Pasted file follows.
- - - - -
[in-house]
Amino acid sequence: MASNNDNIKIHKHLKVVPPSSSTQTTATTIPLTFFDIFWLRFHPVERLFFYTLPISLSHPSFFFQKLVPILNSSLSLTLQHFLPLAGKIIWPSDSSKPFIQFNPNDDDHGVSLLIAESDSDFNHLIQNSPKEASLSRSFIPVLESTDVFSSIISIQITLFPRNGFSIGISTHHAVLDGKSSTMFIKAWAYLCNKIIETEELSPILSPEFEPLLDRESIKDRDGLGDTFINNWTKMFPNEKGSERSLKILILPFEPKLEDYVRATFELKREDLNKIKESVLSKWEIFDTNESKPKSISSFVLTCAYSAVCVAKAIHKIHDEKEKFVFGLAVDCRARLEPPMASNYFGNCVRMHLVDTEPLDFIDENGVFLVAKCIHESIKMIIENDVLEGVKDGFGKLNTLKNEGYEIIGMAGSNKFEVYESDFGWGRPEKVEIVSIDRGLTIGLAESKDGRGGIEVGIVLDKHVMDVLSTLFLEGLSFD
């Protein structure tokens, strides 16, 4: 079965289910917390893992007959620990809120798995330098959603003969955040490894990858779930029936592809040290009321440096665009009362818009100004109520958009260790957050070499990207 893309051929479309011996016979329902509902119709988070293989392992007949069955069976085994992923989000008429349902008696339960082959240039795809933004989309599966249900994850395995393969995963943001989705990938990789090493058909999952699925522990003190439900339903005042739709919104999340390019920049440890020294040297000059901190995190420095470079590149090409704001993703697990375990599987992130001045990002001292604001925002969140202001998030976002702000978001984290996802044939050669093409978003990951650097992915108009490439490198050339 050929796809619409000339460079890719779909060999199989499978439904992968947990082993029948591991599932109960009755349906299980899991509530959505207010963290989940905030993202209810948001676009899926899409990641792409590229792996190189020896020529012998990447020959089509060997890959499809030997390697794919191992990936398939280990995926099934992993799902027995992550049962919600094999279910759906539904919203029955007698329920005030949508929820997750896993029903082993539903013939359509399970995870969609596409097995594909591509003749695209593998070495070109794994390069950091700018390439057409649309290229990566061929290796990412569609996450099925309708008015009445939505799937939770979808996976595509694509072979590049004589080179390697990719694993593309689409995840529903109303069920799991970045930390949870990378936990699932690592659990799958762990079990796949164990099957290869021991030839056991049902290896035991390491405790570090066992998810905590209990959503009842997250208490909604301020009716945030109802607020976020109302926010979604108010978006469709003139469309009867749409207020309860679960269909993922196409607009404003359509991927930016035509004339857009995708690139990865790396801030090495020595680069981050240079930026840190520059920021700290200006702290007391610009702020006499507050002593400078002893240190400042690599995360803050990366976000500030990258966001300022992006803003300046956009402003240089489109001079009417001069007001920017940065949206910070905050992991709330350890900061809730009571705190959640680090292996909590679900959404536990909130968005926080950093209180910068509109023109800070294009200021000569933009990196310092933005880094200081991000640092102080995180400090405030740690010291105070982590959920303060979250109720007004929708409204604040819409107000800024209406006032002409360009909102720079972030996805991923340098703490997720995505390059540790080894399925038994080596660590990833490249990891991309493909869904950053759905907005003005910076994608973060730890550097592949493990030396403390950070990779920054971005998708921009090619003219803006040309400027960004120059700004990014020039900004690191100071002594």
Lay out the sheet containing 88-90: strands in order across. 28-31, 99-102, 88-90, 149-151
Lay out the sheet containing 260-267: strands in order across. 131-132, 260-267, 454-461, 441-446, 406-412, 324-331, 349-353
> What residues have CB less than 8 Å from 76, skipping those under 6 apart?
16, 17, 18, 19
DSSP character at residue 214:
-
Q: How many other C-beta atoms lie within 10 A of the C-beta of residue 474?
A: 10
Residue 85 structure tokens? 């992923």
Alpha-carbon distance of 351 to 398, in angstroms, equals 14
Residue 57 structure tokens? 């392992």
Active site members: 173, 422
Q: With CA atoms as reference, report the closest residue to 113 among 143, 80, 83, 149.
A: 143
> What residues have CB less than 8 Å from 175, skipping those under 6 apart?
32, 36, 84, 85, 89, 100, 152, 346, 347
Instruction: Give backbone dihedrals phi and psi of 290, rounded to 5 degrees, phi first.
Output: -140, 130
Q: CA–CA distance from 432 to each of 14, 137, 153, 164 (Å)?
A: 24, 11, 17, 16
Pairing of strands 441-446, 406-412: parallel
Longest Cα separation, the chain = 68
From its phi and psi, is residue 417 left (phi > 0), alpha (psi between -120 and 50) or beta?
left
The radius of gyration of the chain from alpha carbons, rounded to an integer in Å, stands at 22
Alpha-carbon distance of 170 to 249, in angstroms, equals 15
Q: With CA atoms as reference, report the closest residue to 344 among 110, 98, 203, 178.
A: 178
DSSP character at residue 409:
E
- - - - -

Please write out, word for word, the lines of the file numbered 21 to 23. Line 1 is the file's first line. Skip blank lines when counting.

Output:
Output: -140, 130
Q: CA–CA distance from 432 to each of 14, 137, 153, 164 (Å)?
A: 24, 11, 17, 16